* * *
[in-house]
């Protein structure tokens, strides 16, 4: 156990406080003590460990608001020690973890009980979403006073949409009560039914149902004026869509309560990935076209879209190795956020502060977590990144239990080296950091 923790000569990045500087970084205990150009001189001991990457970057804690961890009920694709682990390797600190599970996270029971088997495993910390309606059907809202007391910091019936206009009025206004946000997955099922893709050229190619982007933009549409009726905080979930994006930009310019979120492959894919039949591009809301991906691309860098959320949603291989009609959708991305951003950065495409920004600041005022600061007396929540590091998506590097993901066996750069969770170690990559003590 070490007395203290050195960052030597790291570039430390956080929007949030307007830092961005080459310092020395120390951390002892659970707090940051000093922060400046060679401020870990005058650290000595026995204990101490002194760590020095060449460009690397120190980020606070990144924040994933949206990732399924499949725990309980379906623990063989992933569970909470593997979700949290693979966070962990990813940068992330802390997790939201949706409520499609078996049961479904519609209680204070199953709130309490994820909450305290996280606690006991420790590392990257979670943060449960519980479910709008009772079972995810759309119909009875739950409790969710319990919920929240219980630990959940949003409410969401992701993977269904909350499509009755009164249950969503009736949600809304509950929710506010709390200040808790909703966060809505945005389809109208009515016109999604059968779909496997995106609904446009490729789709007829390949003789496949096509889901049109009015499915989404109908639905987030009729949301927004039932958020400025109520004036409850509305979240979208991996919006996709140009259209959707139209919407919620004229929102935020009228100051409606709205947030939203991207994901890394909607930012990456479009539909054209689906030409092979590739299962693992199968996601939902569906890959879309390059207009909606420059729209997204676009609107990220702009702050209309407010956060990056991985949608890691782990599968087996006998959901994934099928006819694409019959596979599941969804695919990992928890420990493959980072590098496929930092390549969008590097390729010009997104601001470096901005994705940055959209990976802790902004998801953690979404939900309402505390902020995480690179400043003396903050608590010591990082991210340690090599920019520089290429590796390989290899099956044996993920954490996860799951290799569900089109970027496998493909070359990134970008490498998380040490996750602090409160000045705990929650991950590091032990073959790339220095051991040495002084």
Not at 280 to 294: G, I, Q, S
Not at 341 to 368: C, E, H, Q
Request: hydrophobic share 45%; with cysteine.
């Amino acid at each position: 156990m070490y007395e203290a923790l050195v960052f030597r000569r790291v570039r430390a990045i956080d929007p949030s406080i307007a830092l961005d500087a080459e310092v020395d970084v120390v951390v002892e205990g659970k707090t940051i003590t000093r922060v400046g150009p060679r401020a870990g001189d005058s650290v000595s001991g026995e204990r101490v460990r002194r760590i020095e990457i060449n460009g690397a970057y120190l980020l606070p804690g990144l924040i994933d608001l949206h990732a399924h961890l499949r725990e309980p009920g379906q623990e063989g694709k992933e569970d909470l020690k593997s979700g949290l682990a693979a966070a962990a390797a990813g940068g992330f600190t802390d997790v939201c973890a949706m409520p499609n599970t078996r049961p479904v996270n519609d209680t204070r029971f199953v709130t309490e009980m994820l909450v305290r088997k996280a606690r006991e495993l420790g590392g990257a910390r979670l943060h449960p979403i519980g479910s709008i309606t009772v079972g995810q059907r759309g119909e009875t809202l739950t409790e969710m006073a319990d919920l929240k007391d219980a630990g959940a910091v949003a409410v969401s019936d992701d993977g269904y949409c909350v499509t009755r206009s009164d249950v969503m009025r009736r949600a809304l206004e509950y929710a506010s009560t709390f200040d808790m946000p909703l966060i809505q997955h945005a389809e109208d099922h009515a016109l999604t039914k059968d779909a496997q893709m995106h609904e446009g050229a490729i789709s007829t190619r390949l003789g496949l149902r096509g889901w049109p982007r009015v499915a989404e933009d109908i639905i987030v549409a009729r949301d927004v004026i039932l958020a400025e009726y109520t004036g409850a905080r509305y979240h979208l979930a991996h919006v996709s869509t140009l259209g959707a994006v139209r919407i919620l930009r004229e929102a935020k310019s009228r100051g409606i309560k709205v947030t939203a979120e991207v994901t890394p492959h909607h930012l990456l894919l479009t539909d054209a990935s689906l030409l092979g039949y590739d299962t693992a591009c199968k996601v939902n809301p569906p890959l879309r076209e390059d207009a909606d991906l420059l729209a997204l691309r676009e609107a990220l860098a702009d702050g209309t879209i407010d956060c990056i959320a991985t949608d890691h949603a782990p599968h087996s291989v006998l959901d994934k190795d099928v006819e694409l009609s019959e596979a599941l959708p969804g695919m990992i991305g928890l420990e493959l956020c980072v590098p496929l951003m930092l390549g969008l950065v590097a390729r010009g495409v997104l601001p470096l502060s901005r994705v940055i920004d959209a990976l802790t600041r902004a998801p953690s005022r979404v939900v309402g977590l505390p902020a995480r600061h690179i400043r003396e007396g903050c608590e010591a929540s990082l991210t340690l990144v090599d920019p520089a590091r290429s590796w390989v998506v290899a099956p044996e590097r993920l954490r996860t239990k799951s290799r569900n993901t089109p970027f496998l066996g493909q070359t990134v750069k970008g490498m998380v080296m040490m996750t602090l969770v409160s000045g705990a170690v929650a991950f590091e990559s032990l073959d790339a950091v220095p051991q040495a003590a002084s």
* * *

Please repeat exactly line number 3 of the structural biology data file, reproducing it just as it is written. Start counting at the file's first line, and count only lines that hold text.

Not at 280 to 294: G, I, Q, S